When I picked up the ultra-thin Sony VAIO X this summer, I actually did a double-take; it was so light I had a momentary impression that local gravity had failed. It was so light, when I went to pick it up I ended up jerking it into the air because I'd expected something twice the weight.
500 words into the future
Unapologetically opinionated views on technology, in the office and out
Born on the Channel Island of Jersey, Simon moved to the UK to attend the University of Bath where he studied electrical and electronic engineering. Since then a varied career has included being part of the team building the world's first solid state 30KW HF radio transmitter, writing electromagnetic modelling software for railguns, and testing the first ADSL equipment in the UK. He also built one the UK's first national ISPs, before spending several years developing architectures for large online services for many major brands. For the last decade he's been a freelance writer, specialising in enterprise technologies and development. He works with his wife and writing partner Mary Branscombe from a small house in south west London, or from anywhere there's a WiFi signal and a place for a laptop.
Mary Branscombe is a freelance tech journalist. Mary has been a technology writer for nearly two decades, covering everything from early versions of Windows and Office to the first smartphones, the arrival of the web and most things inbetween.
The Arizona supreme court has just decided that the metadata of a document is governed by the same rules as the document. If the metadata is attached to a public record, then the metadata too is a public record; so if, as a police officer disciplined after blowing the whistle on colleagues, you ask for your performance results then you should get metadata like who wrote them and when so you can prove whether they were written before or after you made yourself unpopular.
When VMware’s main competition was a little company called Connectix (100 people to VMware’s 200), the two virtualisation teams were best enemies; staring each other down, going head to head and planning to crush the opposition and own the market.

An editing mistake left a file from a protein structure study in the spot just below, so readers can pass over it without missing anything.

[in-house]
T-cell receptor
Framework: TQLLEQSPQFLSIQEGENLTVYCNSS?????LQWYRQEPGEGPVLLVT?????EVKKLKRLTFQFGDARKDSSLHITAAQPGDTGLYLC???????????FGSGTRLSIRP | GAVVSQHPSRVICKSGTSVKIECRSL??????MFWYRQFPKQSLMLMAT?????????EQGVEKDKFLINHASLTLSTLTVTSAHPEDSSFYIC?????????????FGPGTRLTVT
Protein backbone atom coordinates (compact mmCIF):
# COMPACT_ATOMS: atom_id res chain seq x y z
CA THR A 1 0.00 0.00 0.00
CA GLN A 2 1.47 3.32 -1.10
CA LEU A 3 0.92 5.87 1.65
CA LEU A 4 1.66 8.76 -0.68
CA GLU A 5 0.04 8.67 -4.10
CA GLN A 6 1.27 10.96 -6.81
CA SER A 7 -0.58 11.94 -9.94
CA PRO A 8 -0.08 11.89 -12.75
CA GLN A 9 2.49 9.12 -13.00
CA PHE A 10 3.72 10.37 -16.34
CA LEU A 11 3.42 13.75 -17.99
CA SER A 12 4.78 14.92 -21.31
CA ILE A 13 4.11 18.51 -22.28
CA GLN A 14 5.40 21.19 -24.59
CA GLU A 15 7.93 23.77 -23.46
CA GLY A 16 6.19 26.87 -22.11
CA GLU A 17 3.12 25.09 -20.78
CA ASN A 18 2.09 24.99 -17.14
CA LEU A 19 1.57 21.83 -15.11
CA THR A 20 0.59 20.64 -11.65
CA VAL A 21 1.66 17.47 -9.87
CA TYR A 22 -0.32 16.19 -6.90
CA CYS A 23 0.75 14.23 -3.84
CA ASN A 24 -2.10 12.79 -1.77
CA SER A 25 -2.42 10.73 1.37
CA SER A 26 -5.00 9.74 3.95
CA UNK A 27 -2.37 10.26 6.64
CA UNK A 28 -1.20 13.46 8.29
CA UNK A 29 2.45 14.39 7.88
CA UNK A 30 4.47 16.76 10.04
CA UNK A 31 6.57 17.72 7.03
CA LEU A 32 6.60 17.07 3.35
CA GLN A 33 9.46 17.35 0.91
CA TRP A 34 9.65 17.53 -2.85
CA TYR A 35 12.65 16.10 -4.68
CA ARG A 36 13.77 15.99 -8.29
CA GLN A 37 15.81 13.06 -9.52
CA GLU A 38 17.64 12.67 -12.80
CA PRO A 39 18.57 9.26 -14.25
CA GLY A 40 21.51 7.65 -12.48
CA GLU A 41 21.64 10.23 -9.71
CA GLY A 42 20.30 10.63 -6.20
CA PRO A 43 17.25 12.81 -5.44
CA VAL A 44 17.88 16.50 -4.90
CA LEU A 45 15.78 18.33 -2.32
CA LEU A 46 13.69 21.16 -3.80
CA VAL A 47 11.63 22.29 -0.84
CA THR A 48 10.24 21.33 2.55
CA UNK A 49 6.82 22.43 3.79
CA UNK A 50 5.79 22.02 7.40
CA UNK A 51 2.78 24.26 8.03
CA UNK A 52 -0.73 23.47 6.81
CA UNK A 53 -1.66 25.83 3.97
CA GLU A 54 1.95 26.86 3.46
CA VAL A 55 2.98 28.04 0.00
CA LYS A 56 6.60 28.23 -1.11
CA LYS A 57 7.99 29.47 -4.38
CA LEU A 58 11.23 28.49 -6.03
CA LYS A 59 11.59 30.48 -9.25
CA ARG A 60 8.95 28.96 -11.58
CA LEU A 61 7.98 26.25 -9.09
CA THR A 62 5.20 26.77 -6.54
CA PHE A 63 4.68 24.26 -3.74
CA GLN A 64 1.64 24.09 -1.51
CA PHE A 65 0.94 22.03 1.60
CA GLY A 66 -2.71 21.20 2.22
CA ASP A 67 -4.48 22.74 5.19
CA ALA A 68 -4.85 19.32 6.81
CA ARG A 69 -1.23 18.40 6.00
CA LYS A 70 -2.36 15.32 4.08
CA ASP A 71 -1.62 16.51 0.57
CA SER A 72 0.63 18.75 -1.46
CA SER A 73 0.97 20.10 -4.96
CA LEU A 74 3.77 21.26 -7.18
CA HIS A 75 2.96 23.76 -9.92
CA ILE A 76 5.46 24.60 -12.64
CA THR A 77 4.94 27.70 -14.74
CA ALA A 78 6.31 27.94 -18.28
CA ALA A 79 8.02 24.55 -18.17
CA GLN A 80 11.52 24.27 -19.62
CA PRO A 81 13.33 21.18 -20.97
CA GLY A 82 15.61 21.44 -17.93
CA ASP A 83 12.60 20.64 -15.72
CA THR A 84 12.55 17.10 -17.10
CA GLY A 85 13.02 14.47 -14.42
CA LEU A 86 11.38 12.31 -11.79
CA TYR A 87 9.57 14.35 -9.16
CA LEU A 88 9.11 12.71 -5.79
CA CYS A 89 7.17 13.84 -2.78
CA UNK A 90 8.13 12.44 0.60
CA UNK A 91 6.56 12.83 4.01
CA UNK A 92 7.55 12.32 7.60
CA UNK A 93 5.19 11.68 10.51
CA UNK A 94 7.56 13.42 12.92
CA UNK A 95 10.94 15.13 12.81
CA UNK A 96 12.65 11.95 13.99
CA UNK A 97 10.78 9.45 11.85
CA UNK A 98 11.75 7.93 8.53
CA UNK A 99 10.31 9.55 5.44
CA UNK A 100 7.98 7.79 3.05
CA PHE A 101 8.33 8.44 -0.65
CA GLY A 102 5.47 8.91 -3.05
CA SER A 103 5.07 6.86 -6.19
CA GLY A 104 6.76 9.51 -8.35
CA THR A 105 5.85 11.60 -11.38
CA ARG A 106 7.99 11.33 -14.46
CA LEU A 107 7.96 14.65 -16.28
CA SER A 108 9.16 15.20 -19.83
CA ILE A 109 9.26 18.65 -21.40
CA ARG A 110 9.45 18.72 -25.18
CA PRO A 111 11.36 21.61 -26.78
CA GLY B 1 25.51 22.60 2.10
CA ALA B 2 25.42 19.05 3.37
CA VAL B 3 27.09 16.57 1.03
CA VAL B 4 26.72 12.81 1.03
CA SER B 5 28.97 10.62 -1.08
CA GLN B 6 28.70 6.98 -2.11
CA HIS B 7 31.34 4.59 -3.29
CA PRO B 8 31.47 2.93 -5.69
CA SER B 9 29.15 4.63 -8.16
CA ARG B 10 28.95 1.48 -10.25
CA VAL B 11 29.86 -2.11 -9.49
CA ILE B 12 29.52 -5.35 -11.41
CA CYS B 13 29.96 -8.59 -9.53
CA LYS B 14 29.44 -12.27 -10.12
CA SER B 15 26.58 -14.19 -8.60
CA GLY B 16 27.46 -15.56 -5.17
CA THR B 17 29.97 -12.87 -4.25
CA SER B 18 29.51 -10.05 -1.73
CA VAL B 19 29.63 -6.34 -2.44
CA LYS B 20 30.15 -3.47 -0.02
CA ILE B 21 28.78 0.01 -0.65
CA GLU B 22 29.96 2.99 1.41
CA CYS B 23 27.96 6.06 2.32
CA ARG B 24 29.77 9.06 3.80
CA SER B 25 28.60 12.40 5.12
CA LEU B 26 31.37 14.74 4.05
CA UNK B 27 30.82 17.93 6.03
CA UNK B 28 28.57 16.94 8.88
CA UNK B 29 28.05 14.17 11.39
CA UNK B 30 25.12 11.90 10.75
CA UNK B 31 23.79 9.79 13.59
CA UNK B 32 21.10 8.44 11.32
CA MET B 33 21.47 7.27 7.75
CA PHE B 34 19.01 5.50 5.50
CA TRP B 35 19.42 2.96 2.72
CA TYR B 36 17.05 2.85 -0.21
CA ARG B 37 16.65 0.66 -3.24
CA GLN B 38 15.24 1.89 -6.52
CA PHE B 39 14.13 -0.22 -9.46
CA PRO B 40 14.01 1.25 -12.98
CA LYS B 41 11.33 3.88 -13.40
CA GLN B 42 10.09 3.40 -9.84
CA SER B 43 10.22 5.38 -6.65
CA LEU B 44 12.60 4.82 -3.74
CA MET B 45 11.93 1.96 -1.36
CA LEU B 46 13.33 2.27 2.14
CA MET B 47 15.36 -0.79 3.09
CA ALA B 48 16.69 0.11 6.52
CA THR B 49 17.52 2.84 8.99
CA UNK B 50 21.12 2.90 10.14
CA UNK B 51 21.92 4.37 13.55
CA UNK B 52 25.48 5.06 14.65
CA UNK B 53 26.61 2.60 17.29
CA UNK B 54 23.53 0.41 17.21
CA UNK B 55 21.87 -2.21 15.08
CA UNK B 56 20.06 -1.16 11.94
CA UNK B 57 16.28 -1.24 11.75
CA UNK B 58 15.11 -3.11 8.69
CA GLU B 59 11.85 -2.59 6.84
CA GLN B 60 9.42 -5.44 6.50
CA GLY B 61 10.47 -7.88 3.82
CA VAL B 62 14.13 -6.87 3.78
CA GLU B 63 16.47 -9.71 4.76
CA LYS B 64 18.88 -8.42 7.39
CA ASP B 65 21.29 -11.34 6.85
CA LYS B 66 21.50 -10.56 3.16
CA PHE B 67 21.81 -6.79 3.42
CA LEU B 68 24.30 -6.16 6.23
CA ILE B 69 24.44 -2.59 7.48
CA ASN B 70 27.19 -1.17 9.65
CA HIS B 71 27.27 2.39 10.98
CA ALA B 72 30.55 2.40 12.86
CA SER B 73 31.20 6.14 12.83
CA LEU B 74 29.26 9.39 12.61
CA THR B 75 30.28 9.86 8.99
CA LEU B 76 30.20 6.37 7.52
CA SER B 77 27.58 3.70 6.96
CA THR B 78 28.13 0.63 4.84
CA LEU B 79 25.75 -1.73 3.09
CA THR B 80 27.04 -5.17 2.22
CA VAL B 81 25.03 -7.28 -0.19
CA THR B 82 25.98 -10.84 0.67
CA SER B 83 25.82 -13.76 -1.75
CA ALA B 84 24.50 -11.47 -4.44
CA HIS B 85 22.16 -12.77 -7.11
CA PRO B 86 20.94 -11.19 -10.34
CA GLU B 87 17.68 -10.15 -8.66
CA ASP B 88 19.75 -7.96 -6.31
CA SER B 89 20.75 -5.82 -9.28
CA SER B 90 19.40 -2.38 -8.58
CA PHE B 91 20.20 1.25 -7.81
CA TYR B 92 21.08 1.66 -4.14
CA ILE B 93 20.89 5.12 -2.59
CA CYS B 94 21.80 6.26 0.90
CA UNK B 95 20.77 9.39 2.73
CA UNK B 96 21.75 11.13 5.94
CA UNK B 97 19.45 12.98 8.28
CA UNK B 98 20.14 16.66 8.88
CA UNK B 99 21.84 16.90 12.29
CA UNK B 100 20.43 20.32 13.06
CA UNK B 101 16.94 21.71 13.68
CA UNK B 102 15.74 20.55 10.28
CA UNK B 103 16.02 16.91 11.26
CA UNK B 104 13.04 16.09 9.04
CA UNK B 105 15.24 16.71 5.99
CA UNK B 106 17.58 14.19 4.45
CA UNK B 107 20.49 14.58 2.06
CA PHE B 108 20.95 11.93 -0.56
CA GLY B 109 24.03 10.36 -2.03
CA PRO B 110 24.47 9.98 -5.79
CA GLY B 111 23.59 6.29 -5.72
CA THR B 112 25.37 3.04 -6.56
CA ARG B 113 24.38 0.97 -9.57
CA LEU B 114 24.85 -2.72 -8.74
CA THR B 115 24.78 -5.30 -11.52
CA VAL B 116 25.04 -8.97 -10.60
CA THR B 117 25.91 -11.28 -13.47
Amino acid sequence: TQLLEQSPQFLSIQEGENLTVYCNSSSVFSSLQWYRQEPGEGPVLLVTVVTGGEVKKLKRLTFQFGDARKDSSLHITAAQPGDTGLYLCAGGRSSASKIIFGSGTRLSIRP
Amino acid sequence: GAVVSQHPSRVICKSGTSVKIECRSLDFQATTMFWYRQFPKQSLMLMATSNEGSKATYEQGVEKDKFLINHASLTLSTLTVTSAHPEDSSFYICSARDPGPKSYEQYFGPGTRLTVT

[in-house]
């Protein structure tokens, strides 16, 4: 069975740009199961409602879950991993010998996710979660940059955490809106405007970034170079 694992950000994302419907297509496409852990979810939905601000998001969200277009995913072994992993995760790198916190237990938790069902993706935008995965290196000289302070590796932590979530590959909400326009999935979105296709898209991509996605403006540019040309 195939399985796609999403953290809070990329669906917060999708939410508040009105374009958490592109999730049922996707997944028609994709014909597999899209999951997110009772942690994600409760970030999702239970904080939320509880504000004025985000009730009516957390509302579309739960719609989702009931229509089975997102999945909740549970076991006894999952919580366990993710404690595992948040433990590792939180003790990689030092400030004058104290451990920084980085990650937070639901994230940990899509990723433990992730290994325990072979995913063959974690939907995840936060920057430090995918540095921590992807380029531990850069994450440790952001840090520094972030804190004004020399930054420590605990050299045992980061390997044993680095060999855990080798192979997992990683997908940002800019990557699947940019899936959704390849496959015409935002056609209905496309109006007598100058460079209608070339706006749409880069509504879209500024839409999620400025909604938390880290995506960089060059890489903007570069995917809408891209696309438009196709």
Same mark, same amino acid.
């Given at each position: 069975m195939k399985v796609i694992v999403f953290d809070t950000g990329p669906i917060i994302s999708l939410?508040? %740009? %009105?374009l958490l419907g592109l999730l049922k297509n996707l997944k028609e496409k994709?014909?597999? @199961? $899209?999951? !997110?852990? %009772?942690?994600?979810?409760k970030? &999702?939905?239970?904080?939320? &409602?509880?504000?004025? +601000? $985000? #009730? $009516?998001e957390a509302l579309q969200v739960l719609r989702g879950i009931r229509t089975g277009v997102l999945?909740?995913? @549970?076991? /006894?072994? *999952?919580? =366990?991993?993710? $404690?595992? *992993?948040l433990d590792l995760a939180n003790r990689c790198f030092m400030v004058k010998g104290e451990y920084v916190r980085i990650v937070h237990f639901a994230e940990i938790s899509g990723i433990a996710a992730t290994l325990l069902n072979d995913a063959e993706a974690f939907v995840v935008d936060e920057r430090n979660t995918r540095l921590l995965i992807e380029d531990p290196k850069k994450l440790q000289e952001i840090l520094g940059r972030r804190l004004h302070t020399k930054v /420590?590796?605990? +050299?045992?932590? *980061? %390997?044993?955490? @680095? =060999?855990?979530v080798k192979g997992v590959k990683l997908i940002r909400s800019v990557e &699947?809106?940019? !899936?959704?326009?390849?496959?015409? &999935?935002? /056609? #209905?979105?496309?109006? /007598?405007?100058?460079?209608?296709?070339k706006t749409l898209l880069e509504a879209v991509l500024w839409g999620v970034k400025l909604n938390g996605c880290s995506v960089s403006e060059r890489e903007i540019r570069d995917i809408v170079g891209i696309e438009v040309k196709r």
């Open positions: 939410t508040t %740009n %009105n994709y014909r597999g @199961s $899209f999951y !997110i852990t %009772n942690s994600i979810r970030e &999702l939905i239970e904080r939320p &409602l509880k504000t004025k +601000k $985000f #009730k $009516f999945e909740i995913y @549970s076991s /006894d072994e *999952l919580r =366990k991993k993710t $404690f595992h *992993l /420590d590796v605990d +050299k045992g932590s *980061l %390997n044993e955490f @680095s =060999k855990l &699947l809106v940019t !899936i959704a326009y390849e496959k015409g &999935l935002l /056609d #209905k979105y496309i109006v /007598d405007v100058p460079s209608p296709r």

We've been at the SharePoint conference this week and I was thinking about Google in the session about using the FAST search engine in SharePoint, in terms of the tweaks administrators can do to refine results and wondering if the Google search appliance offers more controls than it used to (Google's answer used to be along the lines of 'you don't need controls because it works so well' and given that the search algorithm was the secret sauce, the source stayed secret).
We're currently at Microsoft's SharePoint 2009 conference in Las Vegas. With a new SharePoint release (and a new Office) in the offing, it's not surprising that there's a lot going on - after all SharePoint is now a $1.
The tarnished reputation of Windows Mobile needs more than a shiny new name, but calling the new 6.5 models Windows phones isn't just Microsoft taking advantage of the Windows 7 glow.
So we went to a Windows 7 House Party.And you know what?
There are two Adobes. One is the company that produces the design tools that give our image-saturated world its glossy look and feel.
To me, telepresence is high-enough definition video conferencing that it feels like the person you're seeing video of is actually in the room. Cisco's Telepresence does that, and so does HP's Halo.
Why does Microsoft call its cloud computing platform Azure? After all, a blue sky doesn't actually have any clouds in.
The best of ZDNet, delivered
- 1 I came to love Surface Pro so why does Windows 10 feel like duct taping my fingers together?
- 2 Will these tiny computers herald the arrival of the Internet of Things?
- 3 Bandwidth vs signal strength: How to get the best internet connection for your device
- 4 SQL, NoSQL? What's the difference these days?
- 5 Digital motors, software, and the rise of the internet of things